Friday, January 11, 2013

Install official VMWare-Tools via yum repository for RedHat and CentOS


Edit: RHEL 7 and CentOS 7 now officially recommends open-vm-tools via their own repository -- i.e. sudo yum -y open-vm-tools , then reboot -- that is all!  If you are still using RHEL/CentOS 5 or 6, then continue below:
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(Sources: http://packages.vmware.com/tools/docs/manuals/index.html)

All instructions assuming root or sudo.

Special Note: May have to remove old versions prior to upgrades:
vmware-uninstall-tools.pl  or
rpm -e VmwareTools or
yum remove vmware-tools[-esx] or ..?..


First, add gpg keys for repositories:
wget http://packages.vmware.com/tools/keys/VMWARE-PACKAGING-GPG-DSA-KEY.pub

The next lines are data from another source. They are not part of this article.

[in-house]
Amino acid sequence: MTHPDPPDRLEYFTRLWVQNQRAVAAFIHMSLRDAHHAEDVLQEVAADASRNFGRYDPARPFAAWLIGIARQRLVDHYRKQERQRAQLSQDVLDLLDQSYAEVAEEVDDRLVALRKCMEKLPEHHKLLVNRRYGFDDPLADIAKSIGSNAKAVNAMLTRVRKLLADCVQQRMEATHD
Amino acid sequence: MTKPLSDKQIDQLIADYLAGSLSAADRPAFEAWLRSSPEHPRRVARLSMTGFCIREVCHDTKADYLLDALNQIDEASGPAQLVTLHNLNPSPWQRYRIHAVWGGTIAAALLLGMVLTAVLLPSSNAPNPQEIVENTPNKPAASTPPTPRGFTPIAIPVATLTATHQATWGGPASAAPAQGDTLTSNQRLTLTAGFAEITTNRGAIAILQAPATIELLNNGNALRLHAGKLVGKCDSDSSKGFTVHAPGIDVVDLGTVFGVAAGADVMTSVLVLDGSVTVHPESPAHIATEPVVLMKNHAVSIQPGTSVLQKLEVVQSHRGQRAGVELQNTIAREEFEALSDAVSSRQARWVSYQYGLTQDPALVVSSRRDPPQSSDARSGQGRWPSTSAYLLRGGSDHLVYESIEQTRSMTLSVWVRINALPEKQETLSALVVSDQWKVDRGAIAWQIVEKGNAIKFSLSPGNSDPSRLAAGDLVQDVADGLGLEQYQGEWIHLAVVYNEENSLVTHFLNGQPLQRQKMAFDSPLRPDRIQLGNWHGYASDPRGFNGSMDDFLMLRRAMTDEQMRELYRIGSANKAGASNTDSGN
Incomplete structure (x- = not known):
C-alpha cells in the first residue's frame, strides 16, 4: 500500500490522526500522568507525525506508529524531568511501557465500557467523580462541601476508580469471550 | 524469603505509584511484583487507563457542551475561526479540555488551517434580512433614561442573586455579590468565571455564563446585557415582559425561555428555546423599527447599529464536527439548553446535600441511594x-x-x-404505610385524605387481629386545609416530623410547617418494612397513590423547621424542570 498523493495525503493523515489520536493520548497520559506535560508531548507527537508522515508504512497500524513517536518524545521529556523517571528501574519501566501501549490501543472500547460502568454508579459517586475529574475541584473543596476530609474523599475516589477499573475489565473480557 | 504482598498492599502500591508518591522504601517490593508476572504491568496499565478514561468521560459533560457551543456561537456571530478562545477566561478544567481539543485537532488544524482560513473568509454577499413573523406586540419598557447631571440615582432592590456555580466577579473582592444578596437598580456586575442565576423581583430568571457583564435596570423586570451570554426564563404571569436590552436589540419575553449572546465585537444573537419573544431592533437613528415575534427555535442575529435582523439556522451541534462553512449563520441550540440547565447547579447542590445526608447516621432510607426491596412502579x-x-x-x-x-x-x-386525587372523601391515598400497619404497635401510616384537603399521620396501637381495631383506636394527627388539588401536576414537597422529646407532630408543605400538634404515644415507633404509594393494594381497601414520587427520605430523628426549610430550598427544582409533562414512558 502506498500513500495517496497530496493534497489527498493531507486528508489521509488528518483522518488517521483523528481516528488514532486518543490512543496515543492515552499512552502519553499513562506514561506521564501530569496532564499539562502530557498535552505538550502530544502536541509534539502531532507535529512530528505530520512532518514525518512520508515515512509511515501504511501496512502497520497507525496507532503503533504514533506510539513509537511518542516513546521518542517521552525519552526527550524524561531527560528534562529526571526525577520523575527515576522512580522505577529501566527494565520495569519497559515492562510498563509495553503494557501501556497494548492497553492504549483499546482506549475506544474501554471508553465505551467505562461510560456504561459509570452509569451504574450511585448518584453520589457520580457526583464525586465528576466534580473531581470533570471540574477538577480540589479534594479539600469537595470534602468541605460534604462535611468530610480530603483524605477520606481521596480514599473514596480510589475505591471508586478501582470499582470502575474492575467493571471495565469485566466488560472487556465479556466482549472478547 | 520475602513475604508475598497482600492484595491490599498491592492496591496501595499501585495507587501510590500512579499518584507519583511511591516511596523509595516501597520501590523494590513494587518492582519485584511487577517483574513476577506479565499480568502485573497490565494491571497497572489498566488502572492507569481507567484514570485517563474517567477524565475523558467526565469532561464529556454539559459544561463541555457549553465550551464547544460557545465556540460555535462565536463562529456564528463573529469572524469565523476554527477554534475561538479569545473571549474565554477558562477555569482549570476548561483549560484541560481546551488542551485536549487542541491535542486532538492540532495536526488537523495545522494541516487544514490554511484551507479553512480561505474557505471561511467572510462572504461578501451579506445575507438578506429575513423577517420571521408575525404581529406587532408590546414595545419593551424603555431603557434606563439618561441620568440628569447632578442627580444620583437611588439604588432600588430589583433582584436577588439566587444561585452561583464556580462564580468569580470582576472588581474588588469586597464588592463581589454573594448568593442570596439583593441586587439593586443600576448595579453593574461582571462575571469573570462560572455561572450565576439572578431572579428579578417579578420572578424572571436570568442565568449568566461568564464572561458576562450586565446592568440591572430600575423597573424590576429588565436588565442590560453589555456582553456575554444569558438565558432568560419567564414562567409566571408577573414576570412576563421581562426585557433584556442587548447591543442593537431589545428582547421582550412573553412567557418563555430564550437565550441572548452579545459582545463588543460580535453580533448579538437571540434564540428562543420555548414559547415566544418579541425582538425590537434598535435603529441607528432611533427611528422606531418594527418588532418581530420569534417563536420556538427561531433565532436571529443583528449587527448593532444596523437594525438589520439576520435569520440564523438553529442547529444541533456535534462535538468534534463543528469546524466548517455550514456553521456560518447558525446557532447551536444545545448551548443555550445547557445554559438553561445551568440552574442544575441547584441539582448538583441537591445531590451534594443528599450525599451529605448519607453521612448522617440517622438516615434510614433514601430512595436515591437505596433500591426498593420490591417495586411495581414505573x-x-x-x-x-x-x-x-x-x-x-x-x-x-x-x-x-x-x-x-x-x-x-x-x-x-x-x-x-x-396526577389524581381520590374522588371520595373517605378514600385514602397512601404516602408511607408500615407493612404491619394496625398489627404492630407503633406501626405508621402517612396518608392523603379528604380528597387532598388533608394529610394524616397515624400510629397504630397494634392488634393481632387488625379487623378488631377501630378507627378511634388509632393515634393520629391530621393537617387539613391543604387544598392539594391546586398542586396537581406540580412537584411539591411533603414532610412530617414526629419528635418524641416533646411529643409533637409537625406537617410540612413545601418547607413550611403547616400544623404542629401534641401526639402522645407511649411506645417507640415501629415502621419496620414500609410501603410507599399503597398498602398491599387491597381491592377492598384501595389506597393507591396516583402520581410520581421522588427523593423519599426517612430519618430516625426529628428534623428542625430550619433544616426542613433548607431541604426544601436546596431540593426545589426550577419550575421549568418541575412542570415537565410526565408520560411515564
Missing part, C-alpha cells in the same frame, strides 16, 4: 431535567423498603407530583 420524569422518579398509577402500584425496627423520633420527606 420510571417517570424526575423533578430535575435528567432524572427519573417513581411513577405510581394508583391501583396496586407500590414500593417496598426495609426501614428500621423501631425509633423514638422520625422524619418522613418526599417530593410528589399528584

wget http://packages.vmware.com/tools/keys/VMWARE-PACKAGING-GPG-RSA-KEY.pub
rpm --import ./VMWARE-PACKAGING-GPG-RSA-KEY.pub
rpm --import ./VMWARE-PACKAGING-GPG-DSA-KEY.pub


Adding the appropriate sources depend on Release-Version and Architecture:

(Tools version can be 4.0latest, 4.1latest, 5.0latest, or 5.1latest)
(Release can be rhel5 or rhel6)
(Architecture can be i386 or x86_64)

***** edit: Thanks to Anonymous (Nov 1 2013), please do not use "*latest" as VMWare now recommends the static url/folder.  Ex: "5.1u3". Find yours by traversing http://packages.vmware.com/tools/esx/ 
***** edit: As of Early 2014, I find "*.latest" is still working with ESXi 5.1 and CentoOS 6.5 -- proceed at your own discretion.